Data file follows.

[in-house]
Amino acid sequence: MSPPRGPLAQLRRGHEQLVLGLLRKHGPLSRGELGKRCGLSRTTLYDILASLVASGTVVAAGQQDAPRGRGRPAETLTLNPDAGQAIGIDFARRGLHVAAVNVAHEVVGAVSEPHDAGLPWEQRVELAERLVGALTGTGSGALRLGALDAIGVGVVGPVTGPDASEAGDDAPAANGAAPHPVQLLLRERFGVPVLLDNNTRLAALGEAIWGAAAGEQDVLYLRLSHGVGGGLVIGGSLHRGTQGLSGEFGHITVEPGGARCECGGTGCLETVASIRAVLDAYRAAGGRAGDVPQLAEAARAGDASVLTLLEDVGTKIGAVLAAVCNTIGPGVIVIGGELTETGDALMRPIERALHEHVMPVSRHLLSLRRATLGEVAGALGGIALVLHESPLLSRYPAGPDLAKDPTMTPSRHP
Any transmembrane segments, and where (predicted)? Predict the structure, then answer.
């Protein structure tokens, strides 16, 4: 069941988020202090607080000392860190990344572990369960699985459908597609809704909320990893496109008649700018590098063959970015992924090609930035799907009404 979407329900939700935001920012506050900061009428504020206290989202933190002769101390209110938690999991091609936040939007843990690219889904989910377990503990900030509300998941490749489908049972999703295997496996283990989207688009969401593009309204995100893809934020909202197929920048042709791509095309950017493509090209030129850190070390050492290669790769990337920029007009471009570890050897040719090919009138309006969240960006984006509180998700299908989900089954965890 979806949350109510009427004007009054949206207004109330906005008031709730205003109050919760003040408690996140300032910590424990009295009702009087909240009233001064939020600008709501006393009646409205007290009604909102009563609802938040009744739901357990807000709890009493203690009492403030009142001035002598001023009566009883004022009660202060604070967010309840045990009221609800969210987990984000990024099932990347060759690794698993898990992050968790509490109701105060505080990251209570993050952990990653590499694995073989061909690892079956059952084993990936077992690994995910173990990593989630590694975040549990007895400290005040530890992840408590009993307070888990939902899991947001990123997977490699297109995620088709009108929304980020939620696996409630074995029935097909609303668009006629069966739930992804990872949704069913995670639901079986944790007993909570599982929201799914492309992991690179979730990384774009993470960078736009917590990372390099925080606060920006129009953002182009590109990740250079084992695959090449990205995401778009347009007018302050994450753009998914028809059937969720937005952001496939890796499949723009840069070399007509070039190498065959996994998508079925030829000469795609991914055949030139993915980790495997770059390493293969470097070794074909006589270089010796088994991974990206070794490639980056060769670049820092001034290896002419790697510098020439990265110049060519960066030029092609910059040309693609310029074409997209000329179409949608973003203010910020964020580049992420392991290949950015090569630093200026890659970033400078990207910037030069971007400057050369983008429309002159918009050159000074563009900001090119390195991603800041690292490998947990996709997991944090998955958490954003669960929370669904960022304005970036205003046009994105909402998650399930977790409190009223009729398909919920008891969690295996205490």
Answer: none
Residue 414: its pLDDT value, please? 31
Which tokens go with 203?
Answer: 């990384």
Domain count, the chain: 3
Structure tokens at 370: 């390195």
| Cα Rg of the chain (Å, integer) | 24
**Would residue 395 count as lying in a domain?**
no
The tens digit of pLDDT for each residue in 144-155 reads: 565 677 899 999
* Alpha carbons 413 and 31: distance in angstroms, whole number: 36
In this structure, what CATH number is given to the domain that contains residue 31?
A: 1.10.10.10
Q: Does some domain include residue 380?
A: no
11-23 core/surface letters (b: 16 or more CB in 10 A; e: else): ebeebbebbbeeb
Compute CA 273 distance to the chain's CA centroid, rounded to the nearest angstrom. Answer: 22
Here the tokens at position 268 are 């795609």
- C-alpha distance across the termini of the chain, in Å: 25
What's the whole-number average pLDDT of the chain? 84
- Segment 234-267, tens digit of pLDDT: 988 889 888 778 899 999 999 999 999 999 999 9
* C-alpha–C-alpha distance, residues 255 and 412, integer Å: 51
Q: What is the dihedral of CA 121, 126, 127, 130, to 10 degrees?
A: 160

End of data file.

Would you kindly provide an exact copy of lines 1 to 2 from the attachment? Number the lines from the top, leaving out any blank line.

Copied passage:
[in-house]
Amino acid sequence: MSPPRGPLAQLRRGHEQLVLGLLRKHGPLSRGELGKRCGLSRTTLYDILASLVASGTVVAAGQQDAPRGRGRPAETLTLNPDAGQAIGIDFARRGLHVAAVNVAHEVVGAVSEPHDAGLPWEQRVELAERLVGALTGTGSGALRLGALDAIGVGVVGPVTGPDASEAGDDAPAANGAAPHPVQLLLRERFGVPVLLDNNTRLAALGEAIWGAAAGEQDVLYLRLSHGVGGGLVIGGSLHRGTQGLSGEFGHITVEPGGARCECGGTGCLETVASIRAVLDAYRAAGGRAGDVPQLAEAARAGDASVLTLLEDVGTKIGAVLAAVCNTIGPGVIVIGGELTETGDALMRPIERALHEHVMPVSRHLLSLRRATLGEVAGALGGIALVLHESPLLSRYPAGPDLAKDPTMTPSRHP